The current evidence seems to be that one more runway will be needed by 2030 with no need to rely on a major new giant hub. The concept of an Isle of Grain air centre in the Thames estuary has not been ruled out. However, it is not on the current shortlist alongside expansion options for Gatwick and Heathrow, with Gatwick perhaps the favourite if growth continues to come from low-cost carriers.
Future regional expansion at Birmingham and Glasgow airports might be considered once the impact of the High Speed 2 (HS2) rail project is better understood. It is here that modern air and rail strategies should work in tandem to balance freight and passenger flows around the UK. The Airports Commission will reach its final conclusion in summer 2015. Led by Sir Howard Davies, he has commented that the capacity challenge is not yet critical, but will become so if no action is taken soon.
While Gatwick would seem to be a strong contender, with proposals for a new 3000-metre runway, Heathrow is back on the agenda with options for a new 3500-metre runway, north west of the existing airport, or an extension of the present northern runway westwards to at least 6000m to accommodate both take-offs and landings.
The alternative to airport building is high-speed rail — by definition, in excess of 125 mph. True high-speed trains could alter the balance between domestic air and road travel. In practice, this may mean offsetting one set of environmental and social impacts against another.
Four UK main lines operate at 125 mph. The Channel Tunnel Rail Link, opened in 2003 and re-dubbed High Speed 1 (HS1) in 2006, is a mixture of 186 mph Eurostar International services and 140 mph Southeastern domestic passenger services. Any future extension northwards could take in Cambridge.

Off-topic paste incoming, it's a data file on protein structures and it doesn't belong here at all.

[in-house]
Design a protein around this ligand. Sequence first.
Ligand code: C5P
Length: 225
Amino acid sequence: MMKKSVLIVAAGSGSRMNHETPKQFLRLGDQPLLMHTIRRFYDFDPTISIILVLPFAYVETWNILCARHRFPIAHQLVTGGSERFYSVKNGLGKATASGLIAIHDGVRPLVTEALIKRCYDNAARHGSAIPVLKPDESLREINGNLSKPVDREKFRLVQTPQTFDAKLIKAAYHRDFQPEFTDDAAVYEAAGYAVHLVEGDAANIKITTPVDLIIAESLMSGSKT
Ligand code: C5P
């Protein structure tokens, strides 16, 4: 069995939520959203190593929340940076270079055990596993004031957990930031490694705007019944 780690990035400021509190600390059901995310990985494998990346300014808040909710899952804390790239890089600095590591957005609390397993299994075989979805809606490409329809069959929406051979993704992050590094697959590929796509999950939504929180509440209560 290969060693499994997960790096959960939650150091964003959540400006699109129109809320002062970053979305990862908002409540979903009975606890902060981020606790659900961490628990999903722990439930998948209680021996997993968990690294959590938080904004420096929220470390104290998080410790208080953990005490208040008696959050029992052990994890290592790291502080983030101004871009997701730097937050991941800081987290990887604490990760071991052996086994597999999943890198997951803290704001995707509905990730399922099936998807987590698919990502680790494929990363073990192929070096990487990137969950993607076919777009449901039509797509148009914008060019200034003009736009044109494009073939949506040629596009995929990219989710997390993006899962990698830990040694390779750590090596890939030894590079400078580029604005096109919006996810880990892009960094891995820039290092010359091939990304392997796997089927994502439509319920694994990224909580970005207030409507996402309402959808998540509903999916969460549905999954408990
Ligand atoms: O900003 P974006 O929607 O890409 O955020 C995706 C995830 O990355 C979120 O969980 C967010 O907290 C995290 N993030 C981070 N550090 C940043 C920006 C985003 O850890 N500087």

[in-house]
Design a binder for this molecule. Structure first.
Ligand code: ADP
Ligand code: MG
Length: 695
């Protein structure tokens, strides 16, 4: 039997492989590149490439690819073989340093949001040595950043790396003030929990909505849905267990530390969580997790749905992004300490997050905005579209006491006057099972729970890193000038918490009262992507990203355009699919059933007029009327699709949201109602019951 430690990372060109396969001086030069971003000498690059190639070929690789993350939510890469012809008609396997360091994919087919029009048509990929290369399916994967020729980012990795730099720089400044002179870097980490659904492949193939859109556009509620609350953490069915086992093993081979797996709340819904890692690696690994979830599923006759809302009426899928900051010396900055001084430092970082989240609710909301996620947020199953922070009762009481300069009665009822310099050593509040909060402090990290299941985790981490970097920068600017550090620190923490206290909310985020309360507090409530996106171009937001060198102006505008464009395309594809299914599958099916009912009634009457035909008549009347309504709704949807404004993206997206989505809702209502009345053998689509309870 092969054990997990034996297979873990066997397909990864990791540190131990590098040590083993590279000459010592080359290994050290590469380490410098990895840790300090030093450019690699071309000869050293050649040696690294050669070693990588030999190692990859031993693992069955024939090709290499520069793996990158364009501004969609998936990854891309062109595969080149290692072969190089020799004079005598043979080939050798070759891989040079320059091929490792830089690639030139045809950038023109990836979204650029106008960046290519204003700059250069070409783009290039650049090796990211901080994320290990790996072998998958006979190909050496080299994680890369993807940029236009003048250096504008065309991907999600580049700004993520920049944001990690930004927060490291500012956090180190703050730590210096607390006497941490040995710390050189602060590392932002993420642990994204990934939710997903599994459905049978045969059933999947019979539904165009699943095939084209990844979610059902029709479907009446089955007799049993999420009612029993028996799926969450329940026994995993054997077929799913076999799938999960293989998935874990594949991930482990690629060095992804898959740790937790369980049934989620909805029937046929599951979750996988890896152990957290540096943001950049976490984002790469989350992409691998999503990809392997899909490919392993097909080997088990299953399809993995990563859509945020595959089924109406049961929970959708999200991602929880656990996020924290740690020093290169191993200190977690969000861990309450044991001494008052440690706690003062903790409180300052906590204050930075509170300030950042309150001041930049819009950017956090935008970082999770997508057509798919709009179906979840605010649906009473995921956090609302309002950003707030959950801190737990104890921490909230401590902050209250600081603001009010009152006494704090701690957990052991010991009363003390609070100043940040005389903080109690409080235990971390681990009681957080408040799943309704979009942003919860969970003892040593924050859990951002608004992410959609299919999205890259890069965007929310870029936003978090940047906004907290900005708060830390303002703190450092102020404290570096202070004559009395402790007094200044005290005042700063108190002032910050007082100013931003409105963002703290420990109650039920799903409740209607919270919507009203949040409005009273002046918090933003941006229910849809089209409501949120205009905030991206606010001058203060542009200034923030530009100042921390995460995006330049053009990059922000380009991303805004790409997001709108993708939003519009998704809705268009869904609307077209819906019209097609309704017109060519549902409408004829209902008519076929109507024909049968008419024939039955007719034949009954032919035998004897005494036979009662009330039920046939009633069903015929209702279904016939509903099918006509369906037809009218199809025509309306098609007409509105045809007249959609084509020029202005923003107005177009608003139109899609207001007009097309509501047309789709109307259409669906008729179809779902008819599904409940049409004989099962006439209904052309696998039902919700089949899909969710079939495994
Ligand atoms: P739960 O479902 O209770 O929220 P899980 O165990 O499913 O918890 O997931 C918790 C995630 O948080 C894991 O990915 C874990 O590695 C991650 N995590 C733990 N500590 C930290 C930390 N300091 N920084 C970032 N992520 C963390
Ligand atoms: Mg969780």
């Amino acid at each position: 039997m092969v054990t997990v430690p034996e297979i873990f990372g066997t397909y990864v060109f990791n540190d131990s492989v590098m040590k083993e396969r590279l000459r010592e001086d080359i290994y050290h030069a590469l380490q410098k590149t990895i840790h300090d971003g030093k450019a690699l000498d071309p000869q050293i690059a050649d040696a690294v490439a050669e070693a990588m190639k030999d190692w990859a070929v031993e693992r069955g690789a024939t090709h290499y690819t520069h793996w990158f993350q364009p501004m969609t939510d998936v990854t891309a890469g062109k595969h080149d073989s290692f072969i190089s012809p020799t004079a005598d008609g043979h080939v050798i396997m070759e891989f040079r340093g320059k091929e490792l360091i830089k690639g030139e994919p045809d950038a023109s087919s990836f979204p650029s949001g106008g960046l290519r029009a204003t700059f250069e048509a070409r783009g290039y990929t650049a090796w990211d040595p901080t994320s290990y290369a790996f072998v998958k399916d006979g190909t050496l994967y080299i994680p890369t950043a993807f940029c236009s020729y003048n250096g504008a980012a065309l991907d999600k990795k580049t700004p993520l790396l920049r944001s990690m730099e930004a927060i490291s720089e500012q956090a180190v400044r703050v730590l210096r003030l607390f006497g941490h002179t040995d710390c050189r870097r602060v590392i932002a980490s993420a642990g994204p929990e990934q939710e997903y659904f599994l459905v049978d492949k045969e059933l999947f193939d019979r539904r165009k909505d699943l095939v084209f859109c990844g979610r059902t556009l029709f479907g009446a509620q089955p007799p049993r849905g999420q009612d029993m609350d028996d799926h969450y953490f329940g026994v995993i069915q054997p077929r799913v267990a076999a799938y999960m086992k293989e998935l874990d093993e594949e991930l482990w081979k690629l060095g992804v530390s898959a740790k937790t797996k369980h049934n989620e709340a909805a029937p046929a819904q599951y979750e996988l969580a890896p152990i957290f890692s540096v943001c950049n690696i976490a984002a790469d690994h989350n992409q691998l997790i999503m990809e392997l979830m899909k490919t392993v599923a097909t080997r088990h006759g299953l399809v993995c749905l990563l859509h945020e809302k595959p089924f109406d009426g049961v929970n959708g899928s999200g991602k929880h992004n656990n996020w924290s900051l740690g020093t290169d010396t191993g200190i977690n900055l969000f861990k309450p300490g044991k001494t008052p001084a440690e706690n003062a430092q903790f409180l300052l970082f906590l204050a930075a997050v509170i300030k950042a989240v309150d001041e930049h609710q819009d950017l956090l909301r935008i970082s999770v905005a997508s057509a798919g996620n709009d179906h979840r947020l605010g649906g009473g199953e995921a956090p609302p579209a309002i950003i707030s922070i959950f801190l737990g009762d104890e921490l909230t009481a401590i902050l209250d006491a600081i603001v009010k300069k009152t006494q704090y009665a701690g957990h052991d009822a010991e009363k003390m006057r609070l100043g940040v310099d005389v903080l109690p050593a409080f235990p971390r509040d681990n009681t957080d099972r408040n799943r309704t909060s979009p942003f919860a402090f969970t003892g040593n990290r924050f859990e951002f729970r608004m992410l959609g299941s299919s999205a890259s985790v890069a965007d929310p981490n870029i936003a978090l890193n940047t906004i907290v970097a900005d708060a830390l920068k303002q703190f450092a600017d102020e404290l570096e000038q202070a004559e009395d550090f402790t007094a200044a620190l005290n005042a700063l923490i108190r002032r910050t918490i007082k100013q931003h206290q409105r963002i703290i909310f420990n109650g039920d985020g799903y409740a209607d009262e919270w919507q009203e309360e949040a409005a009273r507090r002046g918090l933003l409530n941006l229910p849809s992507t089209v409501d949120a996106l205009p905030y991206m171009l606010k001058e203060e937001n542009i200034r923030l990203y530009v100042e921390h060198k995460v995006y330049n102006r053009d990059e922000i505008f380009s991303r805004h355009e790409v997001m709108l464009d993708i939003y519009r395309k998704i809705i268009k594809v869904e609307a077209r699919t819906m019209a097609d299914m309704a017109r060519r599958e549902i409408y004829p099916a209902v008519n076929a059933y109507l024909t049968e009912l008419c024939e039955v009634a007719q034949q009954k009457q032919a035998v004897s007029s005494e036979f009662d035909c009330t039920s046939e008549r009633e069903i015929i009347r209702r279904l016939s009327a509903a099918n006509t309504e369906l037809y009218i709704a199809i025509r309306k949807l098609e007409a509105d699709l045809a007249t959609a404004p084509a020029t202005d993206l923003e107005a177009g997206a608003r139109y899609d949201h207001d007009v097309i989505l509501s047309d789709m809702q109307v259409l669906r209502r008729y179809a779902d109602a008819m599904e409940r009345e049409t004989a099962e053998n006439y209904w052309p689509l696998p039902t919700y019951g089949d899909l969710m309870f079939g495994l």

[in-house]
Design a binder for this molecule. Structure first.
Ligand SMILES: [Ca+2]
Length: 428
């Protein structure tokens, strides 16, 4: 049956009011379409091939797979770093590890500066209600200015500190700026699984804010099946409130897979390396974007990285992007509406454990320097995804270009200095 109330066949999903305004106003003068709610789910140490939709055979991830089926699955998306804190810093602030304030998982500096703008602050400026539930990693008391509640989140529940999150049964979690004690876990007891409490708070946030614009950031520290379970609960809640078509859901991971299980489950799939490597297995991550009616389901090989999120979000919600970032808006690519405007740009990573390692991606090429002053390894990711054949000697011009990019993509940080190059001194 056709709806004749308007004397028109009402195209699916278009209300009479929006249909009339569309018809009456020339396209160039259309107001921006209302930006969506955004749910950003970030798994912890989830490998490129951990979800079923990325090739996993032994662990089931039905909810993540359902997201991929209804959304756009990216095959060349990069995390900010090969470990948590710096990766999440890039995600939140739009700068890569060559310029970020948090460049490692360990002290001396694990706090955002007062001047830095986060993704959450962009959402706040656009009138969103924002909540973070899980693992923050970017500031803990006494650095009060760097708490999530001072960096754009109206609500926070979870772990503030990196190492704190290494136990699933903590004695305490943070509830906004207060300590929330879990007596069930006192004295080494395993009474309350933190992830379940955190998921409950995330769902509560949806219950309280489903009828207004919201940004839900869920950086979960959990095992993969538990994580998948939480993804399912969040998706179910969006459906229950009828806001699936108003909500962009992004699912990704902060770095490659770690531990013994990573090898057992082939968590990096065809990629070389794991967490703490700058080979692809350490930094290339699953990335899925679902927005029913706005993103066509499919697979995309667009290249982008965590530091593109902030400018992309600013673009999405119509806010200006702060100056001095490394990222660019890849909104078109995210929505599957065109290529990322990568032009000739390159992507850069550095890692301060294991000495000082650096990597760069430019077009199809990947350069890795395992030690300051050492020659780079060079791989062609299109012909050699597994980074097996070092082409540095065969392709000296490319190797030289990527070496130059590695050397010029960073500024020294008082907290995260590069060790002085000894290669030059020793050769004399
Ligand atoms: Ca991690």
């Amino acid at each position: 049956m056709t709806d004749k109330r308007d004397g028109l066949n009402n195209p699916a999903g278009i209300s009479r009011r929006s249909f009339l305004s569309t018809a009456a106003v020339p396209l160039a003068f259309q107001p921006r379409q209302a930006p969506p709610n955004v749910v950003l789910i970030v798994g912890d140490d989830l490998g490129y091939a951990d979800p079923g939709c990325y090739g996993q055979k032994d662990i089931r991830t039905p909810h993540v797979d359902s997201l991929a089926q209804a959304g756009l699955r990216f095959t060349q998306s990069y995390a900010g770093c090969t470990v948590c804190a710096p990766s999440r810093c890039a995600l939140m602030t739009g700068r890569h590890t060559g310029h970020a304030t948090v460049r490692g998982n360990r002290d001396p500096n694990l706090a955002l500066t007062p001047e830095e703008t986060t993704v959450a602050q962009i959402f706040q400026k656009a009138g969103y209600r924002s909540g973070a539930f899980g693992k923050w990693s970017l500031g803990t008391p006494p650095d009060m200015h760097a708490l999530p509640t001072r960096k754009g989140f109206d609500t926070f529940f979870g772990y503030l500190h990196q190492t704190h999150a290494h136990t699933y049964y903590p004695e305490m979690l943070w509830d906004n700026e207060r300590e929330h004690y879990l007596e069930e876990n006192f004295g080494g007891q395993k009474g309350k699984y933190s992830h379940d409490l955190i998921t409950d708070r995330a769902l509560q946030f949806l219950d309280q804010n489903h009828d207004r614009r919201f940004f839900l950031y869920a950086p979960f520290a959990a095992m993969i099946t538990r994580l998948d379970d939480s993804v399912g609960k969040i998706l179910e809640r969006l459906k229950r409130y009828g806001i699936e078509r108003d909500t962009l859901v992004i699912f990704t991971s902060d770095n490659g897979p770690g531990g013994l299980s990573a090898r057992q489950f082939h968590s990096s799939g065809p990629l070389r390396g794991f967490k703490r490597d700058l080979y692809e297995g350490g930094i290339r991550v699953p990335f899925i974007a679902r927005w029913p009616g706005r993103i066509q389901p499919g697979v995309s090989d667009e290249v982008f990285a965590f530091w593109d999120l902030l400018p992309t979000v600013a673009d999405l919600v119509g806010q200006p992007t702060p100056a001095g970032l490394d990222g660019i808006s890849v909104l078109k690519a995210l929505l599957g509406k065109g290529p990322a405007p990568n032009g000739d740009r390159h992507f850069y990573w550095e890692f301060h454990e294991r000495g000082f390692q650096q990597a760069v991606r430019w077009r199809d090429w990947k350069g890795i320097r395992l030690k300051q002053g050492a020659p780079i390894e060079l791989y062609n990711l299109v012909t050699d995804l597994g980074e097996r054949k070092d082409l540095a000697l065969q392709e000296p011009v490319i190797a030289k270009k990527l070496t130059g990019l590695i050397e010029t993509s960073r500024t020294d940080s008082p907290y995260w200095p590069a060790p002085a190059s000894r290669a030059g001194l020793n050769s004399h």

Britain opened the high-speed era when the Mallard became the only steam locomotive in the world to reach a speed of 126 mph in 1938. Today, high-speed rail travel has called for great technological leaps in suspension, braking, bogey design and layout, in-cab safety signalling, and even coping with the sonic boom created when high-speed trains race through confined tunnels. Whereas continental railway systems have been fundamental to the point of laying entirely new track, the UK approach so far has been to design trains to use existing track — and this has shaped the technology.
Many countries have developed and are already enjoying high-speed rail connections between major cities, including France, Germany, Italy, Spain, Turkey, South Korea, Taiwan and China. Two of the most notable successes have been the Japanese Shinkansen and French Turbotrain Grande Vitesse (TGV).
Some 45 million Japanese people live in the Tokyo–Osaka corridor, with Japan looking for a congestion solution soon after WWII. The result was the Shinkansen designed to run on 25% wider-than-standard, continuously-welded track between the two cities at 155 mph. In 1963, tests hit a top speed of 159 mph; in 1964 the system opened in time for the Tokyo Olympics. The 320 miles was covered in three hours and 10 minutes, with stops at Nagoya and Kyoto. However, speed was only one aspect of the Japanese “bullet train” revolution. Capacity was the second miracle. The milestone one-billionth passenger mark was reached in 1976, and there have been zero fatalities.